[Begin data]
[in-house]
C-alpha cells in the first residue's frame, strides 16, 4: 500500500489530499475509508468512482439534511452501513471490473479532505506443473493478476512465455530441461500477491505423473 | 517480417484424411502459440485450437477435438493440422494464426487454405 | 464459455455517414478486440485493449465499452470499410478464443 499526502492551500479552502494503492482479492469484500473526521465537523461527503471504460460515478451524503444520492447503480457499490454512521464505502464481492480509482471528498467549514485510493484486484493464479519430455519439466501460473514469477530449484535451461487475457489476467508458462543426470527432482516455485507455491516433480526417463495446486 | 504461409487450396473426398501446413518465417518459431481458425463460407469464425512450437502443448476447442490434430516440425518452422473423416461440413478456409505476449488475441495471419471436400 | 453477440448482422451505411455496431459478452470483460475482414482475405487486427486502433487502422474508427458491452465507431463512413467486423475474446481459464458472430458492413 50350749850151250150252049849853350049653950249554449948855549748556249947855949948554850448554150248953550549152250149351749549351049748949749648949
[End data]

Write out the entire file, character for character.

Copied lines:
[in-house]
C-alpha cells in the first residue's frame, strides 16, 4: 500500500489530499475509508468512482439534511452501513471490473479532505506443473493478476512465455530441461500477491505423473 | 517480417484424411502459440485450437477435438493440422494464426487454405 | 464459455455517414478486440485493449465499452470499410478464443 499526502492551500479552502494503492482479492469484500473526521465537523461527503471504460460515478451524503444520492447503480457499490454512521464505502464481492480509482471528498467549514485510493484486484493464479519430455519439466501460473514469477530449484535451461487475457489476467508458462543426470527432482516455485507455491516433480526417463495446486 | 504461409487450396473426398501446413518465417518459431481458425463460407469464425512450437502443448476447442490434430516440425518452422473423416461440413478456409505476449488475441495471419471436400 | 453477440448482422451505411455496431459478452470483460475482414482475405487486427486502433487502422474508427458491452465507431463512413467486423475474446481459464458472430458492413 50350749850151250150252049849853350049653950249554449948855549748556249947855949948554850448554150248953550549152250149351749549351049748949749648949